Figure 6 – Simple 8-Way Fan-Out for 2-Port VNA
Taking as an example when eight cables are being tested from 1A to 1B, 2A to 2B, and so on, this simple fan-out configuration would make 8, 2-port measurements in 16 VNA sweeps – one forward and one reverse measurement. That is 2N sweeps for N ports. N or 8 de-embedding files are required.
If you need to measure from every port on the left side to every port on the right side, then the number of sweeps rises dramatically. For the case shown in Figure 6, this would require 2*(8×8), which is 128 total sweeps or 2N2 in general. N2 or 64 de-embedding files are required.
Measurement time per point for a VNA is typically 1.5/IFBW worst case. For a 1,000 point sweep at a 10 kHz IF bandwidth, this is 150 mS per sweep. The simple (2N) fan-out would require 2.4 seconds to complete, and the more complicated switching (2N2) would require 19.2 seconds.
An 8-port full matrix switch is shown in Figure 7. While SP4T switches are more common, you can also use SP8T switches. Here, either port of the 2-port VNA may be routed to any of the eight output ports. This has 8×7 possible switch positions, or N(N-1). A 16-port version of this would be required to perform the same task as the system in Figure 6, measuring eight cables end to end along with coupling and interaction between any pair. This would require 2(16*15) sweeps, or 480 sweeps, taking 72 seconds to complete. N*(N-1) or 240 de-embedding files would be required.
Figure 7 – Full Matrix 8-Port Switch
Multiport VNA Measurement
The multiport VNA switches the stimulus signal from one port to the next while the receivers on every port are active simultaneously, as shown in Figure 8. The incident port is only relevant on the active stimulus port.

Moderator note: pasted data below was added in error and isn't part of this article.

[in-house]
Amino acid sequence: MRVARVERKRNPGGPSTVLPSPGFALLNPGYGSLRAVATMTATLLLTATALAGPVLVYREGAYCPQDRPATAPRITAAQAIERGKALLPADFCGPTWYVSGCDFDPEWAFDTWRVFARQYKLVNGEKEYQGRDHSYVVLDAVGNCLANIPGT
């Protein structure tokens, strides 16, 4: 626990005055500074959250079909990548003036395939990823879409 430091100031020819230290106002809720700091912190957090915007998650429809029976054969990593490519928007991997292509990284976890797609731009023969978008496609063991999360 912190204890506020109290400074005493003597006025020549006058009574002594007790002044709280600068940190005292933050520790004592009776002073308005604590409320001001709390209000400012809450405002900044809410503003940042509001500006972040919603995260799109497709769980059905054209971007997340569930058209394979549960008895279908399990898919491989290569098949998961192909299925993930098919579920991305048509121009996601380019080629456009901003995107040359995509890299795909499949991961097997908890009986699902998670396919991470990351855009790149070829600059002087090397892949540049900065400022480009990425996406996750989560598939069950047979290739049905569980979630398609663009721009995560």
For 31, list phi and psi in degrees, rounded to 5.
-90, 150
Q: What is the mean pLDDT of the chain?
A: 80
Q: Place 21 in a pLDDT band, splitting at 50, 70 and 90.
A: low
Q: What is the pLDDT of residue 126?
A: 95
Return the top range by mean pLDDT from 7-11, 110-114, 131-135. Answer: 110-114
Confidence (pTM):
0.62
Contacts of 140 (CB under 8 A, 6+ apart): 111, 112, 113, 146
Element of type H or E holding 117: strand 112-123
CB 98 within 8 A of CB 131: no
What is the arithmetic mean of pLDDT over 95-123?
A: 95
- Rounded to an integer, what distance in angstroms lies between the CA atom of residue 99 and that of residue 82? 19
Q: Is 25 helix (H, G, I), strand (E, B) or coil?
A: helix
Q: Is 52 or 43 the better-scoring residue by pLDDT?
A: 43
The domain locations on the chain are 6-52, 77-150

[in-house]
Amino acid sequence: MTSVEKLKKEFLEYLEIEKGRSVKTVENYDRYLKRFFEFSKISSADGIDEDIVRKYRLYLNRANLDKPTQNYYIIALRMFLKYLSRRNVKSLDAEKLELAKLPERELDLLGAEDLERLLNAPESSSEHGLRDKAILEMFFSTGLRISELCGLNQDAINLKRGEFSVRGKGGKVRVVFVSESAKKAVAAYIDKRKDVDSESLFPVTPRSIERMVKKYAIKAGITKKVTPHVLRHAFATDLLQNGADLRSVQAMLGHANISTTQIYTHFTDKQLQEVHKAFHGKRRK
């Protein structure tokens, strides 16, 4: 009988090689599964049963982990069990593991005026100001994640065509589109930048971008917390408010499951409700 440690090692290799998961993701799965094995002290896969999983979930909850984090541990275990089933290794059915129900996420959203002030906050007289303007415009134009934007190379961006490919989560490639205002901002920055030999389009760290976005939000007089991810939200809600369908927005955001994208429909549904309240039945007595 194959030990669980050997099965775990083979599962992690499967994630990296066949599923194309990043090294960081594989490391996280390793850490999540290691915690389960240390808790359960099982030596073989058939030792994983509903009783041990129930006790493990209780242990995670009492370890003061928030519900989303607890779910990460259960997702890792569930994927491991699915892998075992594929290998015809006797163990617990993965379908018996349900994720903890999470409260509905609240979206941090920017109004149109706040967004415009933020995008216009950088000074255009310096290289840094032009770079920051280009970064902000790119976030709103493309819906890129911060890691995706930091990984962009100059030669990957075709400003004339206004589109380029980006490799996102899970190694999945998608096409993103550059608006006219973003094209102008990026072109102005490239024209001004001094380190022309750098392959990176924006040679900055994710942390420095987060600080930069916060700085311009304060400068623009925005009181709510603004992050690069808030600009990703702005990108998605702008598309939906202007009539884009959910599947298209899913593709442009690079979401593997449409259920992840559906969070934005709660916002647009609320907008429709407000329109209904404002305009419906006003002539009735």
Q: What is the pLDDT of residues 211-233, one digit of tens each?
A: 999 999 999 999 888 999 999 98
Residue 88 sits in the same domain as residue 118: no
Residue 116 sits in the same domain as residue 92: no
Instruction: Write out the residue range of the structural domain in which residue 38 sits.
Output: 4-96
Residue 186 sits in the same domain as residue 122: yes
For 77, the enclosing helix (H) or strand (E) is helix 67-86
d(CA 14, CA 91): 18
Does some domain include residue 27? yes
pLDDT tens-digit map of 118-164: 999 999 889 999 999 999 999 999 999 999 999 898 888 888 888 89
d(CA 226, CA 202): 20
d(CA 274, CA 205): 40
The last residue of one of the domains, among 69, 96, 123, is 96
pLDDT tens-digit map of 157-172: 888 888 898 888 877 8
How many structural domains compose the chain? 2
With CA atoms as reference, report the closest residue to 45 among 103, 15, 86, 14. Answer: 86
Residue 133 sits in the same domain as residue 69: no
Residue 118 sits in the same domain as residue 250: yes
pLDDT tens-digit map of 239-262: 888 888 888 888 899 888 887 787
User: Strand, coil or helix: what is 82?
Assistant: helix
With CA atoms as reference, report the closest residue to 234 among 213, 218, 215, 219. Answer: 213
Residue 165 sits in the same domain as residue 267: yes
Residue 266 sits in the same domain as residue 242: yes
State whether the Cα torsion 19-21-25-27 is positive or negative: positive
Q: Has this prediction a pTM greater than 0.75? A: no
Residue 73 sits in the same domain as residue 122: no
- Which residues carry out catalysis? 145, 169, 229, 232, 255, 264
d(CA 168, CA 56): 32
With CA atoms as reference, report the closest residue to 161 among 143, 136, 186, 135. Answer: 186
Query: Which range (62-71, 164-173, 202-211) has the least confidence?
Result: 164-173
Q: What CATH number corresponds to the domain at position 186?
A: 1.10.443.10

Figure 8 – Multiport VNA Block Diagram
Making the full 16×16 matrix S-parameter measurement only requires 16 switch states and 16 (or N) sweeps. This takes 2.4 seconds for 1,000 points in a 10 kHz IFBW, 30x faster than the full matrix switch approach. No de-embedding files are required, only the 16-port calibration. This is clearly the fastest and most accurate way to make a 16-port measurement, or even a 6, 8, 10, 12, or 14-port measurement.
Switch Network vs Multiport Comparison
While a switch matrix might be appropriate for a very simple measurement system, the complexity increases dramatically for a full matrix configuration. These complex switches can be painfully slow, as mentioned earlier. Additionally, the need for hundreds of de-embedding files, which may need to be re-generated from time to time, is a daunting prospect.
The insertion loss through multiple switches reduces the dynamic range of transmission measurements and greatly affects the accuracy of reflection measurements. A one-way loss through the switch network of 10 dB becomes 20 dB for a reflection measurement. Most VNAs are only specified to 35 dB for reflection, so this would increase to 15 dB. In other words, it would be impossible to measure a DUT with 20 dB return loss with any accuracy. If the loss through one leg is 10 dB, then a transmission measurement would also see two of these losses, and the dynamic range would decrease by 20 dB total.
Port-to-port isolation of typical RF switches can run from 45 dB to as high as 90 dB for a high-quality absorptive switch. The internal port-port isolation in the VNA is 140 dB or so, low enough that the leakage signal is below the receiver noise in a 10 Hz bandwidth. This reduction in isolation results in significant degradation of the measurement dynamic range.
Mechanical switches have a limited lifetime, usually between 1 and 5 million cycles. In a production environment, this might not last very long. These switches also have a specified repeatability error which cannot be corrected and must be added to the overall uncertainty of the DUT measurement, with one added uncertainty per switch in the path.
The SN5090 Multiport VNA is a great solution for many applications. The speed, accuracy, and ease of use compared to a switch matrix has been detailed here. Please feel free to examine this product on our website along with our other VNA products and accessories.